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From Pitches in Asia – Report from JFA Coaches/Instructors in Asia Vol.33: OHARA Kazunori, Technical Director of Football Federation of Cambodia

05 April 2018

From Pitches in Asia – Report from JFA Coaches/Instructors in Asia Vol.33: OHARA Kazunori, Technical Director of Football Federation of Cambodia

“From Pitches in Asia” is a report that introduces the viewpoints of instructors active in Asian countries. The 33rd edition is a report by OHARA Kazunori, who works in Cambodia as Technical Director of Football Federation of Cambodia (FFC).

Heading into the fourth season in Combodia

Prior to assuming this position in 2015, I was informed by the Japan Football Association (JFA) that they had not started to build a foundation for the development of youth players in Cambodia including grassroots programme. When I first started to work in Cambodia, I visited various football activities and interviewed people involved to understand the football environment in Cambodia. I held meetings with nearly 40 coaches who are employed by the FFC with the financial support of the Asian Football Confederation (AFC), and observed their day-to-day activities. In efforts to improve their activities, I have collaborated with the National Academy to organise workshops and instructed the youth development coaches until the end of 2016.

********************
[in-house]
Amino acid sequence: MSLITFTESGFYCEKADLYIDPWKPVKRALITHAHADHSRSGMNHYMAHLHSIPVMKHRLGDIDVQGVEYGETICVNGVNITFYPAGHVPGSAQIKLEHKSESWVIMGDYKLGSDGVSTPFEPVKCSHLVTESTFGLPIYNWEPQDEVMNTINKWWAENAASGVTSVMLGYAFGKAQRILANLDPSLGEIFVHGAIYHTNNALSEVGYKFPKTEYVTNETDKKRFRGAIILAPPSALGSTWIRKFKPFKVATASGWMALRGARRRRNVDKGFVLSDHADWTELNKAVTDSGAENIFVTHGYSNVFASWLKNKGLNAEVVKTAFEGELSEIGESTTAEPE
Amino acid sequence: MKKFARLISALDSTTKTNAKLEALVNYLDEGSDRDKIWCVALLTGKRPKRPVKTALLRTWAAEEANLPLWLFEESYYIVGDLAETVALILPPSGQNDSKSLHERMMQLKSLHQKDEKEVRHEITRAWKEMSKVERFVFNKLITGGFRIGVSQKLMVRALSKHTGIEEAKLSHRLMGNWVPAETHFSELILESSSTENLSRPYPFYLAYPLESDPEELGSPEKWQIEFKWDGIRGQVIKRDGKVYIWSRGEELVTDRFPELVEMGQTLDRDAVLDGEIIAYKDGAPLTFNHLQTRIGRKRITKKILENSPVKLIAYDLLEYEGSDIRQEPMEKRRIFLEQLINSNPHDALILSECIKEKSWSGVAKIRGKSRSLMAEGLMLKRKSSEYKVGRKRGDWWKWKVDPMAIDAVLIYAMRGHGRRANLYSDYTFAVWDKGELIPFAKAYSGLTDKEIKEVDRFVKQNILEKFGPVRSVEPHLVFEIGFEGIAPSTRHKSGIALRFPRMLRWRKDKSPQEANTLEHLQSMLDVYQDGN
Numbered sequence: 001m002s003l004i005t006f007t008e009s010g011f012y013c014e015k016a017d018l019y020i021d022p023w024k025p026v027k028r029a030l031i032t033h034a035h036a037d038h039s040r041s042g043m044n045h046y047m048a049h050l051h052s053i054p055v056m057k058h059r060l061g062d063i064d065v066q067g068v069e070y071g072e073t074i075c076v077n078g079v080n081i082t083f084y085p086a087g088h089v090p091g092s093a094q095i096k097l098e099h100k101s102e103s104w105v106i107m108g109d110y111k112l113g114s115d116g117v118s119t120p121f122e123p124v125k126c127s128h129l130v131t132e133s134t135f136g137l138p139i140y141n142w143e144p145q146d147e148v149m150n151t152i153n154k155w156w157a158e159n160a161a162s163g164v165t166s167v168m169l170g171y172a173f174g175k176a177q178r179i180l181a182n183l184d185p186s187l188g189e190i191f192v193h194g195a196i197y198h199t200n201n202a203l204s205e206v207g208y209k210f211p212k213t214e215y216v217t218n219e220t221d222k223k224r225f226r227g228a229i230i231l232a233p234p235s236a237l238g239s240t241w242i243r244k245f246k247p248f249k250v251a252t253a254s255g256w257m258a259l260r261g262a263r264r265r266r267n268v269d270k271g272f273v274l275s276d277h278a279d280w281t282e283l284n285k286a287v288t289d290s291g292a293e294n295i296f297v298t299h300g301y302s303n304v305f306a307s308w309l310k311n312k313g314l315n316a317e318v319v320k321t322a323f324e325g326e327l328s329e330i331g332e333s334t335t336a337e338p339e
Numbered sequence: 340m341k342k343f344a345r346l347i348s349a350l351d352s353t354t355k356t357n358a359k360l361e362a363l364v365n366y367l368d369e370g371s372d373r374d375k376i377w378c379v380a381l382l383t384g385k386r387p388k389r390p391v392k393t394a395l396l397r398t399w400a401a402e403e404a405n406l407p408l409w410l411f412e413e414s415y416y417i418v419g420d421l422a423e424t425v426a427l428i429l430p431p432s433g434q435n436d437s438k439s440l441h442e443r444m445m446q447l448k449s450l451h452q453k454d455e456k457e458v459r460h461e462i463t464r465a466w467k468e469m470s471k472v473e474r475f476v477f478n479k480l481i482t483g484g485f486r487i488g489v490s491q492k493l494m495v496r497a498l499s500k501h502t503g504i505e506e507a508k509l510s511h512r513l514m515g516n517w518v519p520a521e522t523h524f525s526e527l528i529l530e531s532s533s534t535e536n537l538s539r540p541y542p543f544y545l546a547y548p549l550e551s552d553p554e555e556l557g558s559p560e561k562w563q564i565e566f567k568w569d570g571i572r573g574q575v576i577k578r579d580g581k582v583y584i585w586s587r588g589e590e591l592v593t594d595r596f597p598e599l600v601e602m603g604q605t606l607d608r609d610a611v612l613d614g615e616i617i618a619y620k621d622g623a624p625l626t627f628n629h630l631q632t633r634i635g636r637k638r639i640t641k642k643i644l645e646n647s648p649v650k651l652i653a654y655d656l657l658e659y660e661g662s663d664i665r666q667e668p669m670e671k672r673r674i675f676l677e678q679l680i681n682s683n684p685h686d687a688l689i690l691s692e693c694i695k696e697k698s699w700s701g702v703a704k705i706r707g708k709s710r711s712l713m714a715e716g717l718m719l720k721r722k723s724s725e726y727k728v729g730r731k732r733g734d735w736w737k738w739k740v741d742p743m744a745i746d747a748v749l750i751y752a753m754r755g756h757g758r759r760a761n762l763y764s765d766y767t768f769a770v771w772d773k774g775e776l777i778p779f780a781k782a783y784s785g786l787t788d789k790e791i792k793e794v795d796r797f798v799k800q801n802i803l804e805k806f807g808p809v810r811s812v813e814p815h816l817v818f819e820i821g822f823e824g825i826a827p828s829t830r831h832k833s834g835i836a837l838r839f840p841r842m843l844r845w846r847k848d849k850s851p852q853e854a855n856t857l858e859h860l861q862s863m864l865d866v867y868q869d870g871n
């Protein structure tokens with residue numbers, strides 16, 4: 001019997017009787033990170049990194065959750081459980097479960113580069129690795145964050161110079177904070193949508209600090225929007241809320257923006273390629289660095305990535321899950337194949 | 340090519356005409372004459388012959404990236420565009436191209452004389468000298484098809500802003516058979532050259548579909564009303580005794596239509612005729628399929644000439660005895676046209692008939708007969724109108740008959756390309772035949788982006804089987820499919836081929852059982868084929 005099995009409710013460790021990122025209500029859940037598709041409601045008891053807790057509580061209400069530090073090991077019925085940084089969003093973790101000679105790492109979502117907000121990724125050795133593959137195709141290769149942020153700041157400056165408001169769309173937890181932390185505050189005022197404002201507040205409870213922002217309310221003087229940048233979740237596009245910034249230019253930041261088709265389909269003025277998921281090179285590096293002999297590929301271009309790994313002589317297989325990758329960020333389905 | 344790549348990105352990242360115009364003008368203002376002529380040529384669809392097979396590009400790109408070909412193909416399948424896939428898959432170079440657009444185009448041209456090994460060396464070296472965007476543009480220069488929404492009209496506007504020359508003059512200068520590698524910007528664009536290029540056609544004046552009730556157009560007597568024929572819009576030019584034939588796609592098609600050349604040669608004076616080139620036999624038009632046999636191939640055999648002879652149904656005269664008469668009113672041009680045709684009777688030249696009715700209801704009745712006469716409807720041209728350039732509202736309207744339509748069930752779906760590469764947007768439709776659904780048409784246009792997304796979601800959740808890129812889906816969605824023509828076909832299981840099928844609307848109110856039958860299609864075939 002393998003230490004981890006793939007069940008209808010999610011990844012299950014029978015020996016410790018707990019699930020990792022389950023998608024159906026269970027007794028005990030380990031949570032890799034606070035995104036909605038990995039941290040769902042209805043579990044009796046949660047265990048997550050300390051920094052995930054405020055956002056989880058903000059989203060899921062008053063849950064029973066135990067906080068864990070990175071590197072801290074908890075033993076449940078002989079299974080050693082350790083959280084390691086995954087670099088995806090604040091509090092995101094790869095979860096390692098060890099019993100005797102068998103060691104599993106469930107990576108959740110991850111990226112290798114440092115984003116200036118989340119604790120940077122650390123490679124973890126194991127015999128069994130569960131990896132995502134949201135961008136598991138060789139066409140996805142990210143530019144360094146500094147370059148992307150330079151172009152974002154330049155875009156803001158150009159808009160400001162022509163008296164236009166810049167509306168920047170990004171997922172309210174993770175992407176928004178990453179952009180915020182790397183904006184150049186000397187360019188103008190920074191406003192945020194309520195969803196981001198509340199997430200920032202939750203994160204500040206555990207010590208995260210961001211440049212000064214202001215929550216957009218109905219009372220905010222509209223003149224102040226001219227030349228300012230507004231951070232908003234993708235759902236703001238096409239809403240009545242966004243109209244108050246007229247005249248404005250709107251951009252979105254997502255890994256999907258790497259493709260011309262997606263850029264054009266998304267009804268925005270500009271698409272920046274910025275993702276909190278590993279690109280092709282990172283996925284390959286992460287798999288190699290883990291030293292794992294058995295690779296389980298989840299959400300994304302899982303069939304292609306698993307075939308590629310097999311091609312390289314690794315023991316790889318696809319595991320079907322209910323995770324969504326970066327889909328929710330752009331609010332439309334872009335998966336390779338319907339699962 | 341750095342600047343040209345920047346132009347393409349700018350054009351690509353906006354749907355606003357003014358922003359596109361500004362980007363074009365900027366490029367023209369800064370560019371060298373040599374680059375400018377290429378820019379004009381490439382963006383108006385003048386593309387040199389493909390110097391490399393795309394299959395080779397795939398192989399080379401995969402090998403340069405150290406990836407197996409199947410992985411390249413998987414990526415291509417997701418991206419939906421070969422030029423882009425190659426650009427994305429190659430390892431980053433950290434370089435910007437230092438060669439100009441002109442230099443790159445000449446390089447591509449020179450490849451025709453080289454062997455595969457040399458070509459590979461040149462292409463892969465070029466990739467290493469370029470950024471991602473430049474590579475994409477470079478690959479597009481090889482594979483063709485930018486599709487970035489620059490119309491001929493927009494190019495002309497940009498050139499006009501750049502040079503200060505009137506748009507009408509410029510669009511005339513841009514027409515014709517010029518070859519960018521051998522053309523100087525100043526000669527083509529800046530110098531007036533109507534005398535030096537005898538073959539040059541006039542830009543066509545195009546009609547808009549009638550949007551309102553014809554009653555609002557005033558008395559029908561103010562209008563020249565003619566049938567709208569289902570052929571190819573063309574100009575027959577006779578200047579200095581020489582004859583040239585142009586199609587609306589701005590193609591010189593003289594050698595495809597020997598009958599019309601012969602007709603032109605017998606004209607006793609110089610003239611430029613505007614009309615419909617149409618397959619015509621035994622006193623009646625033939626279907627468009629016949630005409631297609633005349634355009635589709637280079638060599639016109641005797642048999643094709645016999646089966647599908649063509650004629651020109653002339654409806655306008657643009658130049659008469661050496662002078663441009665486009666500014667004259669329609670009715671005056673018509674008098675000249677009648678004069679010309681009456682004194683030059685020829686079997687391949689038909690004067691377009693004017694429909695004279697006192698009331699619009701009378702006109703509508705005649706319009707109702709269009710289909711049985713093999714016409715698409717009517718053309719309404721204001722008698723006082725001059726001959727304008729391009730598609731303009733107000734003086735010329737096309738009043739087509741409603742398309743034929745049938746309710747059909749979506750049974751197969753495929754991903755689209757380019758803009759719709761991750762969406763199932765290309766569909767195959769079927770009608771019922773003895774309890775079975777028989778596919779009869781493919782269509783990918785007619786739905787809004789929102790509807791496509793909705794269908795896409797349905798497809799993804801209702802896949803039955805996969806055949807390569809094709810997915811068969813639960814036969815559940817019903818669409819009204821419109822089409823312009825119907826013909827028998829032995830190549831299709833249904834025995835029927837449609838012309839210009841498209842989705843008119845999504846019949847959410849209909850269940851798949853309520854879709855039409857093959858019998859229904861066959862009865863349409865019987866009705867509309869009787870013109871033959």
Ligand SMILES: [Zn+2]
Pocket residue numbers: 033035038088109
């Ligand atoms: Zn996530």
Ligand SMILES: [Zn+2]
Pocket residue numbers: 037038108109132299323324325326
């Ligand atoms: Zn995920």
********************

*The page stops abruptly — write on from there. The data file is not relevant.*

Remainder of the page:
In 2017, with the support from the Ministry of Education, Youth and Sports (MoEYS) of Cambodia, the FFC President took the initiative to launch a project to spread “Designated Football Schools,” a non-boarding style academies, throughout Cambodia. The project started by investigating football grounds and schools throughout the country from January to March. In April, we revisited each provinces to select coaches and players. The first school opened in May at Svay Rieng Province and the opening ceremony was broadcasted on TV. The number of these designated schools grew gradually, leading to the establishment of the new youth league in November. The league consisted with the designated schools from 12 different provinces, youth club teams, and the National Academy. Teams were divided into four regional groups, competing in a home and away format where the top two teams from each group advanced to the final round. The final was played on 17 March 2018.

For the project to take root in Cambodia

Regional football associations do not exist in Cambodia, so we had to collaborate with each of the Municipal and Provincial Departments of Education Youth and Sport of MoEYS. With the FFC and MoEYS operating under different system of governance, there were times where we were given the cold shoulder from local departments. Also, nepotism is common in Cambodia and we were requested to employ certain coaches in order to earn support for our project. In provinces where the number of applicants exceeded the number of recruitment, we held a practical session to determine the employment.